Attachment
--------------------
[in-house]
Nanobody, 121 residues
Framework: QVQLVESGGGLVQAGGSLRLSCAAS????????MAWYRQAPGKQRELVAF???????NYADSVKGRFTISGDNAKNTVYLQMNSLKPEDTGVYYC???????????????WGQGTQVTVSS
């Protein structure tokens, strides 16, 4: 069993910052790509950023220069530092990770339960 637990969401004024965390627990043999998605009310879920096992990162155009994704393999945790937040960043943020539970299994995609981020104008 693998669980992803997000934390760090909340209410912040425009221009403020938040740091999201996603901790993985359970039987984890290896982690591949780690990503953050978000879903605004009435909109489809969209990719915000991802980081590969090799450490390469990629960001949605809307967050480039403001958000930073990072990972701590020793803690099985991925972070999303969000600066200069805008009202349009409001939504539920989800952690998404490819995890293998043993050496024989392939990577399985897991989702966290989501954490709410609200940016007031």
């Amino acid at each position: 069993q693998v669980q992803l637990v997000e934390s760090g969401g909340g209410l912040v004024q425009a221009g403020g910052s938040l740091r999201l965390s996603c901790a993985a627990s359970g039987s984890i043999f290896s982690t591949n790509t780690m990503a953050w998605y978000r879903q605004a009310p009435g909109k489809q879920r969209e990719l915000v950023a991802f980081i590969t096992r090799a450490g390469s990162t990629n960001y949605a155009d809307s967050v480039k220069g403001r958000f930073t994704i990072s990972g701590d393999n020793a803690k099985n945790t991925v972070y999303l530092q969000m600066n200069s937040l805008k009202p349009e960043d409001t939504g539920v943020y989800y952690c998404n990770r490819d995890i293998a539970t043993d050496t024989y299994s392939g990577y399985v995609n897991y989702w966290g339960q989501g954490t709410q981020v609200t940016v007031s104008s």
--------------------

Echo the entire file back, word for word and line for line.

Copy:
[in-house]
Nanobody, 121 residues
Framework: QVQLVESGGGLVQAGGSLRLSCAAS????????MAWYRQAPGKQRELVAF???????NYADSVKGRFTISGDNAKNTVYLQMNSLKPEDTGVYYC???????????????WGQGTQVTVSS
């Protein structure tokens, strides 16, 4: 069993910052790509950023220069530092990770339960 637990969401004024965390627990043999998605009310879920096992990162155009994704393999945790937040960043943020539970299994995609981020104008 693998669980992803997000934390760090909340209410912040425009221009403020938040740091999201996603901790993985359970039987984890290896982690591949780690990503953050978000879903605004009435909109489809969209990719915000991802980081590969090799450490390469990629960001949605809307967050480039403001958000930073990072990972701590020793803690099985991925972070999303969000600066200069805008009202349009409001939504539920989800952690998404490819995890293998043993050496024989392939990577399985897991989702966290989501954490709410609200940016007031």
């Amino acid at each position: 069993q693998v669980q992803l637990v997000e934390s760090g969401g909340g209410l912040v004024q425009a221009g403020g910052s938040l740091r999201l965390s996603c901790a993985a627990s359970g039987s984890i043999f290896s982690t591949n790509t780690m990503a953050w998605y978000r879903q605004a009310p009435g909109k489809q879920r969209e990719l915000v950023a991802f980081i590969t096992r090799a450490g390469s990162t990629n960001y949605a155009d809307s967050v480039k220069g403001r958000f930073t994704i990072s990972g701590d393999n020793a803690k099985n945790t991925v972070y999303l530092q969000m600066n200069s937040l805008k009202p349009e960043d409001t939504g539920v943020y989800y952690c998404n990770r490819d995890i293998a539970t043993d050496t024989y299994s392939g990577y399985v995609n897991y989702w966290g339960q989501g954490t709410q981020v609200t940016v007031s104008s």